Like any good papermaker, the Rolland Company incorporates its crest into every sheet it produces, as a watermark.
Several models have been used since 1882; the central R, representing the family’s name, first made its appearance in 1927. For the company’s 50th anniversary, Olivier Rolland, Stanislas’s son, had the crest engraved on a wood panel, and it became the official emblem of Rolland Paper.
While the exact significance of the crest’s origins is unknown, we can infer the meaning from history.
The escutcheon (shield) alludes to the symbol of France, which Jacques Cartier planted in the ground when he arrived in Gaspé. The sky blue background is reminiscent of the colour of the banner over the French camp’s trenches during the 1758 battle of Carillon, in which Jean-Baptiste Rolland’s ancestor fought. The royal blue background recalls the colour of the coat-of-arms of the French sovereigns, colonizers of New France, while the fleur de lys evokes the emblem of authority under the French monarchy. With its shape, colours and motifs, the crest thus attests to the French origins of the family’s first descendant in New France, Jean-Pierre Rolland. As for the maple leaves, they are the primary emblem of the French-Canadian people, as defined by Société Saint-Jean-Baptiste in 1832.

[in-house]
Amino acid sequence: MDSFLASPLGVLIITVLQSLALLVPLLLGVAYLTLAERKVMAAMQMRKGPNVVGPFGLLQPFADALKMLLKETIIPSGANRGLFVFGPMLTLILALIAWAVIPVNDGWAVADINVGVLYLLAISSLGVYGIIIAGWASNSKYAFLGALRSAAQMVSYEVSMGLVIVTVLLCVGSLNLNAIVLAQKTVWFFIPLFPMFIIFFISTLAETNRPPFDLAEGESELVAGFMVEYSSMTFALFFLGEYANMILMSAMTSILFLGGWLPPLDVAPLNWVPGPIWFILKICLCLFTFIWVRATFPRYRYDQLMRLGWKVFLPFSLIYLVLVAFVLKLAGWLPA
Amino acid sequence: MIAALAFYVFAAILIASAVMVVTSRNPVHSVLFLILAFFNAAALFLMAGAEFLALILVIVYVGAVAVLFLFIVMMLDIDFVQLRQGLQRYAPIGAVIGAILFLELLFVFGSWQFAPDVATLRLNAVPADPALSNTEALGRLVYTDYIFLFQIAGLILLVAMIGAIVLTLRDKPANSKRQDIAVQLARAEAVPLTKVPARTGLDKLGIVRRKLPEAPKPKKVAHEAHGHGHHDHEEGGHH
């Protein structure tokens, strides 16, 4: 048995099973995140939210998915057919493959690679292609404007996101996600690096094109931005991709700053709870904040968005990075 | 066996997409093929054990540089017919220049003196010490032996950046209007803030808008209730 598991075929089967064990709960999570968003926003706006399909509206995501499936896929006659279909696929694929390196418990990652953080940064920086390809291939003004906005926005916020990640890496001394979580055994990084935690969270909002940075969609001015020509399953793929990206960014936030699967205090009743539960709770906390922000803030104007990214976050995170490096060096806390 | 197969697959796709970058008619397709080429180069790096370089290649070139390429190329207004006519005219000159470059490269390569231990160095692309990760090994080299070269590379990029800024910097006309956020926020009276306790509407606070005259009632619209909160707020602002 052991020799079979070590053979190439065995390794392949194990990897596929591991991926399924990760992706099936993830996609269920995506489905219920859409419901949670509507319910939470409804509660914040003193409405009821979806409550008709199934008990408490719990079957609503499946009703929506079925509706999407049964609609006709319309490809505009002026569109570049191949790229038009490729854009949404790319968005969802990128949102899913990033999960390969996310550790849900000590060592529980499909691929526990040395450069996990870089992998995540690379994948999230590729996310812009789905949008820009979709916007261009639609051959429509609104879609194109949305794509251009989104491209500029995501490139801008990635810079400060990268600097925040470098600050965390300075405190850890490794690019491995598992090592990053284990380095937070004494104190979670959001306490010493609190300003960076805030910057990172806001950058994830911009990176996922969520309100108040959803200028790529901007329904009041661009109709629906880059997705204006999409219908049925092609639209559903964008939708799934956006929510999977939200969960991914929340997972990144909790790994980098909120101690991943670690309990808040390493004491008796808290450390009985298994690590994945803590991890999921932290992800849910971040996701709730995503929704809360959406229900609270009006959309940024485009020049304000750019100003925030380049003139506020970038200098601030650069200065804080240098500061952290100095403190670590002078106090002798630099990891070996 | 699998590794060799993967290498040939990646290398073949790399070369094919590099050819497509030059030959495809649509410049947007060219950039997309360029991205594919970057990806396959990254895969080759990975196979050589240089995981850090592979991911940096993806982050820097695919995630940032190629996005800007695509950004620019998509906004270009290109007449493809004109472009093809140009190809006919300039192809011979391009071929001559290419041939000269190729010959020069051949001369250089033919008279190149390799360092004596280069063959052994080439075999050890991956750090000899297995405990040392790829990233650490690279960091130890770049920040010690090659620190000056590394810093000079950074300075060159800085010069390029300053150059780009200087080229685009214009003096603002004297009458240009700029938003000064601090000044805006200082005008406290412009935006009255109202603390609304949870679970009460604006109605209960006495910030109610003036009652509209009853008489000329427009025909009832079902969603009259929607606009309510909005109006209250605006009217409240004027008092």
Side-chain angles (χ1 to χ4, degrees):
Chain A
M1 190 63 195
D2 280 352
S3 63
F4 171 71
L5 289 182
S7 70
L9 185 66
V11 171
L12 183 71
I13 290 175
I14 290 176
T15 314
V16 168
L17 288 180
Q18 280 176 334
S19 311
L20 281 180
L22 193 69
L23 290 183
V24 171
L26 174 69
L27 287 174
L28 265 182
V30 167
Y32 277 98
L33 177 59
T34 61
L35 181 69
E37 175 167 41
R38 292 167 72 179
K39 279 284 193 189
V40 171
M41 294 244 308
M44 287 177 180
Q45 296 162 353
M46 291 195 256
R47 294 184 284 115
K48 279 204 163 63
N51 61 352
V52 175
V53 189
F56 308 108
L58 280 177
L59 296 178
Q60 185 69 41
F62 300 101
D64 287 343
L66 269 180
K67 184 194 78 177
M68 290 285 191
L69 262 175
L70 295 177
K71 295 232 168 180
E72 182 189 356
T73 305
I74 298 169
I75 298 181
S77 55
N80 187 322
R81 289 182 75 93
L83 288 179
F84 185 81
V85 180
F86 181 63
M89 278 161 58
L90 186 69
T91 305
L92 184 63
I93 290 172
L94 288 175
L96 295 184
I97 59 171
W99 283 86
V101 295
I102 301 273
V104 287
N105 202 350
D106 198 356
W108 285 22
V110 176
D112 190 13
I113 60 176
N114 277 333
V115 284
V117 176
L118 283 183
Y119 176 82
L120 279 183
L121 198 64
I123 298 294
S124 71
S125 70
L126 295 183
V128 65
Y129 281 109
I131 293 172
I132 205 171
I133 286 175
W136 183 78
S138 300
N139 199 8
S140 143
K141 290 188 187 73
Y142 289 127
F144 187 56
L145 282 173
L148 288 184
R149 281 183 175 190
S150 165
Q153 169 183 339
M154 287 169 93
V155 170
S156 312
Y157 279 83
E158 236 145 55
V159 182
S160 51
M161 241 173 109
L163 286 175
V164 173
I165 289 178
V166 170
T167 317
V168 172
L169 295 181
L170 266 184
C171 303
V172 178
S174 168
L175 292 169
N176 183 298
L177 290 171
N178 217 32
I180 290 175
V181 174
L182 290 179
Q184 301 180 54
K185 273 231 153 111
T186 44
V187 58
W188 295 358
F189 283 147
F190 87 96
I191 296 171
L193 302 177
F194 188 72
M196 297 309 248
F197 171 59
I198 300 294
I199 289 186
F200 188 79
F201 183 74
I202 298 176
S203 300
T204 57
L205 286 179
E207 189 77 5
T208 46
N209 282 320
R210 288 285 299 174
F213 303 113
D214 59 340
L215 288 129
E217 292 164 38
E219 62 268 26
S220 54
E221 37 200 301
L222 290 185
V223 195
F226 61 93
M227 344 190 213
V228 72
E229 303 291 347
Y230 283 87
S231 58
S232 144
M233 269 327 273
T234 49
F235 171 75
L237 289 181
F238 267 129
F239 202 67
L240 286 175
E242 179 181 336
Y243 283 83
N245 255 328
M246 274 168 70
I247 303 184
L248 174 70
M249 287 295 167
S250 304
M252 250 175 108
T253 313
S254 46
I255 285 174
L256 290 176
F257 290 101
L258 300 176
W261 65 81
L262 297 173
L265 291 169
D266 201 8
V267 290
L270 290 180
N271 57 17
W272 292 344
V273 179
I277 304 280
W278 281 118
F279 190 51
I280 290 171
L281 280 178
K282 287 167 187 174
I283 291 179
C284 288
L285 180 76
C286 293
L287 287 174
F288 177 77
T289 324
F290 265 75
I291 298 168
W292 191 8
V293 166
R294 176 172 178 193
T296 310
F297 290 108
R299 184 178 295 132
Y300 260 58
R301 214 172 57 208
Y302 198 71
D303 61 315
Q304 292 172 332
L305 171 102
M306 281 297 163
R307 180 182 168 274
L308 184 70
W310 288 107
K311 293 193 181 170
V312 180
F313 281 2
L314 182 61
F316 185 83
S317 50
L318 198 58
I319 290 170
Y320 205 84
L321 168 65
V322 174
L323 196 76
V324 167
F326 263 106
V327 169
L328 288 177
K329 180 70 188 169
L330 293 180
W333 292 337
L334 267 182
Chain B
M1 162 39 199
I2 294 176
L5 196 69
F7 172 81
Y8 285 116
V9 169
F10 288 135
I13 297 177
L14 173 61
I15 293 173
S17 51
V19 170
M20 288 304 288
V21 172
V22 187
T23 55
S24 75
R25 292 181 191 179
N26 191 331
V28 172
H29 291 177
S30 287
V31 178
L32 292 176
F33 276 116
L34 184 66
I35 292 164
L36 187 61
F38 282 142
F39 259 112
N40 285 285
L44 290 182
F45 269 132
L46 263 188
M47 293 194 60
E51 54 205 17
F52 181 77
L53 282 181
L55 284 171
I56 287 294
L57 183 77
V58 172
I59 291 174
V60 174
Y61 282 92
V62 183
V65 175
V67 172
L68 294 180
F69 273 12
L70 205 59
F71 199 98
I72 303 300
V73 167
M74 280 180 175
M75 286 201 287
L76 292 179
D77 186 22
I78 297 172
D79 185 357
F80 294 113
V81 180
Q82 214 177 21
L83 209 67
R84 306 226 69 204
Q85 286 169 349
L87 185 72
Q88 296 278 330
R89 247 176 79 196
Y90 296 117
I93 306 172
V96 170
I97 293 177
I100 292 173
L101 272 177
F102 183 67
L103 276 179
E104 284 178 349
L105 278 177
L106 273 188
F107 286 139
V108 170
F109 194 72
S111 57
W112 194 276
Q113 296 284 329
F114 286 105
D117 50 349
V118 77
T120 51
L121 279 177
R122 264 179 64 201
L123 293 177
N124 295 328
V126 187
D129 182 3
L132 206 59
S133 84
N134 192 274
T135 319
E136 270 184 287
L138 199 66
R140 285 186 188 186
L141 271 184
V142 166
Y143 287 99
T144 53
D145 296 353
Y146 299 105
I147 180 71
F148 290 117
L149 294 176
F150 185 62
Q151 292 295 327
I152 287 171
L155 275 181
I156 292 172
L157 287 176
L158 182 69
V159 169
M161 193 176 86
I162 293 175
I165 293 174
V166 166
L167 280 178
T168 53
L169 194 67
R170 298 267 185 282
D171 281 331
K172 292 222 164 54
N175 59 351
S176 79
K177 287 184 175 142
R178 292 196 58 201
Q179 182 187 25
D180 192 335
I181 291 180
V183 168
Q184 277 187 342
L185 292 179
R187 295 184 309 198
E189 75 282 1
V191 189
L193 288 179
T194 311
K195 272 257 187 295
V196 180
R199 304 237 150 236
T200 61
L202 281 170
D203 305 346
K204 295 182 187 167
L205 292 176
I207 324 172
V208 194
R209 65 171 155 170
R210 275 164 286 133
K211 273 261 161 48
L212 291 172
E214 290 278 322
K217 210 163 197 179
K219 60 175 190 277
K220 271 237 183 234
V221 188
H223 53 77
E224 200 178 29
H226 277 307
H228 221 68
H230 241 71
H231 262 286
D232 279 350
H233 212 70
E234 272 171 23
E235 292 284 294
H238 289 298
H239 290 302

The escutcheon became a hallmark of great quality and reputation for customers. As many company ads note, “the watermark is […] shaped like an escutcheon for a reason. The word escutcheon comes from the Latin “scutum,” which means shield. Like a shield, Rolland’s escutcheon provides real protection. It protects the company by safeguarding its reputation, and it protects clients, by guaranteeing quality and perfection. In other words, our escutcheon is at the very foundation of our firm’s success.”